rigging decoys for deep water

Discussion in 'Beginners Corner' started by Bray34, May 24, 2009.

  1. Bray34

    Bray34 New Member

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    <P>im new to duck hunting and was wondering how to rig my decoys if i hunt from a boat this season in deep water any advice???&nbsp;</P>
     
  2. Casey

    Casey New Member

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    One option is to run long lines.&nbsp; I think that Doctori lines is a sponsor and has quality stuff.&nbsp; <br><br>Another option is to use reels.&nbsp; I've seen them, but don't have any info on them.<br><br>Check the classified ads.&nbsp; I think that Ducksdemise had a whole set of long lines available.&nbsp; If they are not for sale, maybe the add is still up, and you can get a better idea of what is needed.<br>
     

  3. lefercor

    lefercor New Member

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    <P>How deep of water you talking about?&nbsp; Be care full out there...deep water hunting is not for rookies, very dangerous.</P>
     
  4. Bray34

    Bray34 New Member

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    <P>the ohio river just new to duck hunting and hunt with veterns!!!!!!!!!!!plus not new to boating in cold weather but thanks for the concern.....i think that im going to just gang rig them</P>
     
  5. SUPERFOWLER

    SUPERFOWLER New Member

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    <P>best advice I can give for hunting the river is to find a spot that's shallow that you can wade.&nbsp; I hunt the river often and have found several spots that has a hard bottom and you can wade out about 50yards before it drops off.&nbsp; That's the best way to go on the Ohio in my opinion.&nbsp; Even the couple spots we've hunted that was not wadable we'd at max be in 15' of water but setting/picking up in the current from a boat is kind of difficult if the waters moving much.&nbsp; I hunt eastfork a lot too and it's about 30' deep right off the bank, that sucks winding 3 or 4 dozen lines up when you're in that deep of water but that's the name of the game there.&nbsp; I'm trying to devise a way to use a decoy spreader type system for EF where you can attach 3 or 4 dekes to one anchor thus making setting up/picking up much less time consuming.&nbsp; My buddy from missouri that hunts timber and rice says if he had to mess with 30' lines he wouldn't hunt..hahaha</P>
     
  6. fiberduck

    fiberduck New Member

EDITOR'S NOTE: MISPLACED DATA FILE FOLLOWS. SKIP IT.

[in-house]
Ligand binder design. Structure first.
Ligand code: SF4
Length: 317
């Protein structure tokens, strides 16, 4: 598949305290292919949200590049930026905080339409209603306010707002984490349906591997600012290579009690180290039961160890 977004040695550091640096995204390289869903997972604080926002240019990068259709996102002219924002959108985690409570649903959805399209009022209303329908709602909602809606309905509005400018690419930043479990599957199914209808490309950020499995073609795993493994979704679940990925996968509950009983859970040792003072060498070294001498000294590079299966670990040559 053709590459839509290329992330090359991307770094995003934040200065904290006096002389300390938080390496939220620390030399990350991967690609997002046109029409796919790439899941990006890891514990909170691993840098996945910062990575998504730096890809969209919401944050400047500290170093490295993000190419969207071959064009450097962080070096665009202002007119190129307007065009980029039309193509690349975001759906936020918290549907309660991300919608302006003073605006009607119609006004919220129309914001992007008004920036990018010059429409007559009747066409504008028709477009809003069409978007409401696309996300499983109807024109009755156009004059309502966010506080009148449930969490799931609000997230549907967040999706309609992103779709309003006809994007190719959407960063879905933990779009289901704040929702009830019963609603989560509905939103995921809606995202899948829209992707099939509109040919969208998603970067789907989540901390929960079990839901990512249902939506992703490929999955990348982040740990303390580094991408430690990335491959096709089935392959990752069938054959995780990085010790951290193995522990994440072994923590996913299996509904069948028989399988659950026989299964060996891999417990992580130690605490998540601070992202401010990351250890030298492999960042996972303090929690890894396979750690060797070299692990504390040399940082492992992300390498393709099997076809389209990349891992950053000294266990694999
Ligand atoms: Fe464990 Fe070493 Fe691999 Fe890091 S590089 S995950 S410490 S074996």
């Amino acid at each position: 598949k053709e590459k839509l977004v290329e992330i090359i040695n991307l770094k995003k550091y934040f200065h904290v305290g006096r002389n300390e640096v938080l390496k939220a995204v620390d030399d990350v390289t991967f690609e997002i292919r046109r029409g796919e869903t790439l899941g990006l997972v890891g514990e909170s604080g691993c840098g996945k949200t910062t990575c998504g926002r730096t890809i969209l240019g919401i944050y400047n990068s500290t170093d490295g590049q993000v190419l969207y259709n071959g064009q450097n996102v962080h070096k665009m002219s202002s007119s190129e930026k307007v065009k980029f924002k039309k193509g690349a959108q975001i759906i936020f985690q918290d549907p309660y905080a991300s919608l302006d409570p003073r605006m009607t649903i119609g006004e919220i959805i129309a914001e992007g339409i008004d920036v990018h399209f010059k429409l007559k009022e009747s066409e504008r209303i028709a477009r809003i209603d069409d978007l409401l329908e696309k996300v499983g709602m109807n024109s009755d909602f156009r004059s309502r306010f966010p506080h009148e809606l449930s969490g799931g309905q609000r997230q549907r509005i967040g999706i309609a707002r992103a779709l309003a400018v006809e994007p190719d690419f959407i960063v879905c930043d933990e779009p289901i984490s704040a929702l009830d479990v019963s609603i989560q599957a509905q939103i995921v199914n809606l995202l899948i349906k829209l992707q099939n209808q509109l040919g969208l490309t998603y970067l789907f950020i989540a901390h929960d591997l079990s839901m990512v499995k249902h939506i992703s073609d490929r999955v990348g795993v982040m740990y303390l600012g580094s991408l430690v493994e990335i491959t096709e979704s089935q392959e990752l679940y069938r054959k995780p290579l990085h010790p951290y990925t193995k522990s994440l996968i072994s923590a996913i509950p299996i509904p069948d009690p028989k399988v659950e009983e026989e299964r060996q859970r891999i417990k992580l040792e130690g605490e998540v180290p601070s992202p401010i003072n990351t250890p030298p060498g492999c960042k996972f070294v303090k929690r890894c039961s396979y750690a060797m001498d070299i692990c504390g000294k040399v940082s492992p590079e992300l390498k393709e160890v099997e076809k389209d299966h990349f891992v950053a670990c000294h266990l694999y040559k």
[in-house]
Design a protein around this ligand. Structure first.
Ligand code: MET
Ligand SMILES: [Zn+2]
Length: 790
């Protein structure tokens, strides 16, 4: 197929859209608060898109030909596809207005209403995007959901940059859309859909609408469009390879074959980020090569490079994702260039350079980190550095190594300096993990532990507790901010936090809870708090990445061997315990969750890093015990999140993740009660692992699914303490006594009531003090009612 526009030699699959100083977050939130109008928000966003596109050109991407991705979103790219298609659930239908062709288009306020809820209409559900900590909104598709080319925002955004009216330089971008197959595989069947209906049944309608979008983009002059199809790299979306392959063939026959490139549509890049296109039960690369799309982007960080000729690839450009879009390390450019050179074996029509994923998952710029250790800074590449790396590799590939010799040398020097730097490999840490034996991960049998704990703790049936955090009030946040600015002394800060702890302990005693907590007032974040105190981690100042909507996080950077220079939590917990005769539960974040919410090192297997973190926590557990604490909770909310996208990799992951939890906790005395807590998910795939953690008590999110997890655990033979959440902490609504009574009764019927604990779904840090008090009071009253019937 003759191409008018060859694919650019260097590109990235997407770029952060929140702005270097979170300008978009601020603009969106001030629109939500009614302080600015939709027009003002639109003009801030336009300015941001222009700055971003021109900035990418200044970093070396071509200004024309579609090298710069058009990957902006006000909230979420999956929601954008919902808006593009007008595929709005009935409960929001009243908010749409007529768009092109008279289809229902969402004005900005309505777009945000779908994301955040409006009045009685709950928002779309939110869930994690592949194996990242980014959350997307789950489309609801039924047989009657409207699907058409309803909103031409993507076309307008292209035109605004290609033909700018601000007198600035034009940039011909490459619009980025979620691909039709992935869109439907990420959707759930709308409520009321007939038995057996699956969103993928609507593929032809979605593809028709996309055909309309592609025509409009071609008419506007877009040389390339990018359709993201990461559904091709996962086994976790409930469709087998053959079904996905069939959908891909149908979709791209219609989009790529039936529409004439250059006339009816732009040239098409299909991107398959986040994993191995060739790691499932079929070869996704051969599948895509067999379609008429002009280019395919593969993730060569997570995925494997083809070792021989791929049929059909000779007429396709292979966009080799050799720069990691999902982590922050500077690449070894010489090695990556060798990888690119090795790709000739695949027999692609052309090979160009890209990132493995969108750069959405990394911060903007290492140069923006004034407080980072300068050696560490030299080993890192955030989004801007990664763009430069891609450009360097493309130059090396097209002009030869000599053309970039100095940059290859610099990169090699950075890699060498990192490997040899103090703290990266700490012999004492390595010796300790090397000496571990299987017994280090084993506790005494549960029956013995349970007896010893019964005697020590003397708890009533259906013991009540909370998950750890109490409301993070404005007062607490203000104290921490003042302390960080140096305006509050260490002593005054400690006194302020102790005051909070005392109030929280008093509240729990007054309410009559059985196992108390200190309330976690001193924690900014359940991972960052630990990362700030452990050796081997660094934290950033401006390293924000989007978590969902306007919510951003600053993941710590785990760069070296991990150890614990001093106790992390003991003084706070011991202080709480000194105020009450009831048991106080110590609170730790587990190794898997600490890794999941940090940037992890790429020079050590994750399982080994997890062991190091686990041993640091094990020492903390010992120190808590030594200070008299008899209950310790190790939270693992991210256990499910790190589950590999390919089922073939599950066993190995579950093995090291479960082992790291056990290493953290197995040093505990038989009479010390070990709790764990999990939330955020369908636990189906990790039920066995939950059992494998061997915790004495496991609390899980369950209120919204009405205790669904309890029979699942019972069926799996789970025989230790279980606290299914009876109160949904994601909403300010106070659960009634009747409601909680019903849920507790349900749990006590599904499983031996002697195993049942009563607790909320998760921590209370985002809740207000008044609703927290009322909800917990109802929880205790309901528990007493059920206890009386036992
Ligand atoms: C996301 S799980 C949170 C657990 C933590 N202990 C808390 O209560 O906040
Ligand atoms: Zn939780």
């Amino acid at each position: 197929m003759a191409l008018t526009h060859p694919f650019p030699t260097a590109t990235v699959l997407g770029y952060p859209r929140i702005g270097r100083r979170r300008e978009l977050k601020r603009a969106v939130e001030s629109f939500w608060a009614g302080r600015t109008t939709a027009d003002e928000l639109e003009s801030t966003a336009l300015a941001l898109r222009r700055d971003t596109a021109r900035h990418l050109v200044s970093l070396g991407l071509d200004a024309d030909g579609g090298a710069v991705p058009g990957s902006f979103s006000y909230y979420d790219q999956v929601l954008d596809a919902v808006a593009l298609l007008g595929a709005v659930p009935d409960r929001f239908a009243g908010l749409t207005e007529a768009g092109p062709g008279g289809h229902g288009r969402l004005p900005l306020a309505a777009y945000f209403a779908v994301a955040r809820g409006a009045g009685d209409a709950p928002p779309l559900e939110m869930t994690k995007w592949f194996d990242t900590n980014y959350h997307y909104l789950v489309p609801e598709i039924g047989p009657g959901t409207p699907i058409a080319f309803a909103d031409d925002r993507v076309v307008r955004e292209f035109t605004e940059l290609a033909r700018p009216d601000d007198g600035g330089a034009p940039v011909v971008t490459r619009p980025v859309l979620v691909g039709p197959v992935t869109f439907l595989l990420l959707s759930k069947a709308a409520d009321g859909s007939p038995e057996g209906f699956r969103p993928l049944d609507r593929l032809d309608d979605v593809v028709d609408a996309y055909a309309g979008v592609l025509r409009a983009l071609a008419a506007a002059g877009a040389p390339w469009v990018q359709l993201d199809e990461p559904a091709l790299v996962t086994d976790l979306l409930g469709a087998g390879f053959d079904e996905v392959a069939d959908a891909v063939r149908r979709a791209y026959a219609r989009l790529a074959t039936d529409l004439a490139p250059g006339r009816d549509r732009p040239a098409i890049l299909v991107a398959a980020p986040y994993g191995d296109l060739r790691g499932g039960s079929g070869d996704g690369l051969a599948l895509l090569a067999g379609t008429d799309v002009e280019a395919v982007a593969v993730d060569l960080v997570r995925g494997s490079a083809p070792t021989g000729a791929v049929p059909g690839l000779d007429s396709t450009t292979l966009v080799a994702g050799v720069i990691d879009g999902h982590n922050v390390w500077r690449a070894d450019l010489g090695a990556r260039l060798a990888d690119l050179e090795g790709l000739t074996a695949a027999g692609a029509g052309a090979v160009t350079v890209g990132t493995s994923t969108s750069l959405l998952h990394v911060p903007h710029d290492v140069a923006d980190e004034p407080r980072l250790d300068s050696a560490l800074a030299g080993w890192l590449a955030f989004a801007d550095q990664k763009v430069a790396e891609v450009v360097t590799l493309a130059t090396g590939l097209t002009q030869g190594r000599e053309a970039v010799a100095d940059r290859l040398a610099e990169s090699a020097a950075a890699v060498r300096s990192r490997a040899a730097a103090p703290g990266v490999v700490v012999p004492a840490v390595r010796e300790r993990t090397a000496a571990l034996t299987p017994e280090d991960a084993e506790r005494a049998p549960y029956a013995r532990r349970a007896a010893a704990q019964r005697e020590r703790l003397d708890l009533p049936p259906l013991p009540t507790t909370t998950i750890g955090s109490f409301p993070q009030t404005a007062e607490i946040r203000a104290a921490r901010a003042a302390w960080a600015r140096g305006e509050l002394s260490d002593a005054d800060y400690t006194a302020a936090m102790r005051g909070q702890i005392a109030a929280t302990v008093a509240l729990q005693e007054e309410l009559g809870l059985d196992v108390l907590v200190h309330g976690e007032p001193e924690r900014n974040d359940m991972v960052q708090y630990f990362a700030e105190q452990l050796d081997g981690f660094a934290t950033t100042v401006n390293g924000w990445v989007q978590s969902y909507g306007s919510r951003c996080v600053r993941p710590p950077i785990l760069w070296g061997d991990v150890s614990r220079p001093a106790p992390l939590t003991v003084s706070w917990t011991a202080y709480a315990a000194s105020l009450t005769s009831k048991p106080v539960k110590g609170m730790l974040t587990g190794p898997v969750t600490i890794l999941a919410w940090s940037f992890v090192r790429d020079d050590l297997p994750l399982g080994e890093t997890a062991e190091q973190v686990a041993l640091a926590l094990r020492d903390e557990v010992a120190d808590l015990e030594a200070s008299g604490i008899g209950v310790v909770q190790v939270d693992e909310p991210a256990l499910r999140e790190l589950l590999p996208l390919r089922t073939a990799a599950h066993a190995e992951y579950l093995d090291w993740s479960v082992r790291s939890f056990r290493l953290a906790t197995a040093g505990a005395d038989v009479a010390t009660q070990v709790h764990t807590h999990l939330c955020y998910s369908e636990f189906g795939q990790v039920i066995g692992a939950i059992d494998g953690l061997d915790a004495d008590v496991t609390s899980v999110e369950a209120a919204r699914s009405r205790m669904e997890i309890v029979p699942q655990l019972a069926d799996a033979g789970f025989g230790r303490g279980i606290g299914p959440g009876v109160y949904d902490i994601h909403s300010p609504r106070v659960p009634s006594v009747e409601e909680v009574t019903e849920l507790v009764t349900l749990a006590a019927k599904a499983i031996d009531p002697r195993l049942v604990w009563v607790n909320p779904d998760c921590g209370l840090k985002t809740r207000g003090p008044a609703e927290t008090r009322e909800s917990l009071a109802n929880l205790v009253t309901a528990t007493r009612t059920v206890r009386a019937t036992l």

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    Those are the key questions - is the deep water a lake, a reservoir or a river - and that will challenge your set up options.&nbsp; I've tried several and combinations of each.<br><br>On a river you have to consider the current.&nbsp; Individual lines on a decoy will need heavier weights else the current will drag them away.&nbsp; There's nothing worse then getting a spread set, the sun comes up and you see everything has shifted downstream on you.&nbsp; I agree with Superfowler, find an eddy or backwater and you'll be able to manage the depth with individual lines on your decoys not to mention avoiding having a tree float thru your spread and taking it away or your having to push the boat out thru your spread to chase your dog and a downed bird being carried away.<br><br>On a smaller river or where the current isn't so strong I've used "short" long lines - a dozen or so decoys on multiple lines each with a heavy weight - this displays a nice swimming group of ducks.&nbsp; Be careful with a dog though, on a river the lines are stretched out and a pup can get tangled up in them if he swims thru them.&nbsp; I attach a smaller weight on the long line where the decoy's drop line attaches to address this.&nbsp; Other than that you're back to heavier weights and a lot of string on each decoy.<br><br>On a reservoir if it is deep water you won't have a current or a dependable wind to keep a long line rig stretched out.&nbsp; I've tried it, even anchoring both ends and it is a hassle - time consuming, tangles, resetting, etc.&nbsp; I'm back to long strings on each decoy.<br><br>Either way a key challenge setting decoys with a boat is keeping the decoy lines out of your prop.&nbsp; Current, wind and the shoreline will present different situations that dictate setting up starting upstream and working your way downstream, starting in close to shore and working your way out, etc.&nbsp; Sometimes your best bet is to pitch the decoys out from shore then picking them up with the boat after the hunt.<br><br>It really, really, really sucks when you tangle up your decoys around your prop, in the dark, you're drift away downstream and you're scrambling to beach the boat with a push pole or standing on the back of the boat leaning over your motor cutting them away.<br>